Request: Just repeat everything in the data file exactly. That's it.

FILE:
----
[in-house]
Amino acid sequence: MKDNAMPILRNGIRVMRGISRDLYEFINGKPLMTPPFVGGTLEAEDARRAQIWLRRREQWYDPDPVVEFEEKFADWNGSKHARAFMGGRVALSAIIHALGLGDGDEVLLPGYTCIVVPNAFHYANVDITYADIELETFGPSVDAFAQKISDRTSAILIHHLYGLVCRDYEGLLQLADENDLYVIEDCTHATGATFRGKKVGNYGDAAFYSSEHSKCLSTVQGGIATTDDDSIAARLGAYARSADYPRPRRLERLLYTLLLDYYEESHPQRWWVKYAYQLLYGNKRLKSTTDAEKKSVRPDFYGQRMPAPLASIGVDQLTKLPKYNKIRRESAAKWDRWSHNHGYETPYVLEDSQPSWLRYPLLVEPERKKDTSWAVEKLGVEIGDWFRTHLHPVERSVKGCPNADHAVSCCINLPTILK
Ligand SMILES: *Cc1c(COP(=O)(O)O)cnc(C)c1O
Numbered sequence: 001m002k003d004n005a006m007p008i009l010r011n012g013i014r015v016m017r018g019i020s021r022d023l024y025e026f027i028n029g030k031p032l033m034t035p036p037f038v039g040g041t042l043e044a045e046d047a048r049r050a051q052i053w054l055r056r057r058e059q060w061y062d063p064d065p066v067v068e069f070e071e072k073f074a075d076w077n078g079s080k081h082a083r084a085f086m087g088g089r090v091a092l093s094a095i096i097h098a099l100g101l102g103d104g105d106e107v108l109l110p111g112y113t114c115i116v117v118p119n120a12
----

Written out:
[in-house]
Amino acid sequence: MKDNAMPILRNGIRVMRGISRDLYEFINGKPLMTPPFVGGTLEAEDARRAQIWLRRREQWYDPDPVVEFEEKFADWNGSKHARAFMGGRVALSAIIHALGLGDGDEVLLPGYTCIVVPNAFHYANVDITYADIELETFGPSVDAFAQKISDRTSAILIHHLYGLVCRDYEGLLQLADENDLYVIEDCTHATGATFRGKKVGNYGDAAFYSSEHSKCLSTVQGGIATTDDDSIAARLGAYARSADYPRPRRLERLLYTLLLDYYEESHPQRWWVKYAYQLLYGNKRLKSTTDAEKKSVRPDFYGQRMPAPLASIGVDQLTKLPKYNKIRRESAAKWDRWSHNHGYETPYVLEDSQPSWLRYPLLVEPERKKDTSWAVEKLGVEIGDWFRTHLHPVERSVKGCPNADHAVSCCINLPTILK
Ligand SMILES: *Cc1c(COP(=O)(O)O)cnc(C)c1O
Numbered sequence: 001m002k003d004n005a006m007p008i009l010r011n012g013i014r015v016m017r018g019i020s021r022d023l024y025e026f027i028n029g030k031p032l033m034t035p036p037f038v039g040g041t042l043e044a045e046d047a048r049r050a051q052i053w054l055r056r057r058e059q060w061y062d063p064d065p066v067v068e069f070e071e072k073f074a075d076w077n078g079s080k081h082a083r084a085f086m087g088g089r090v091a092l093s094a095i096i097h098a099l100g101l102g103d104g105d106e107v108l109l110p111g112y113t114c115i116v117v118p119n120a12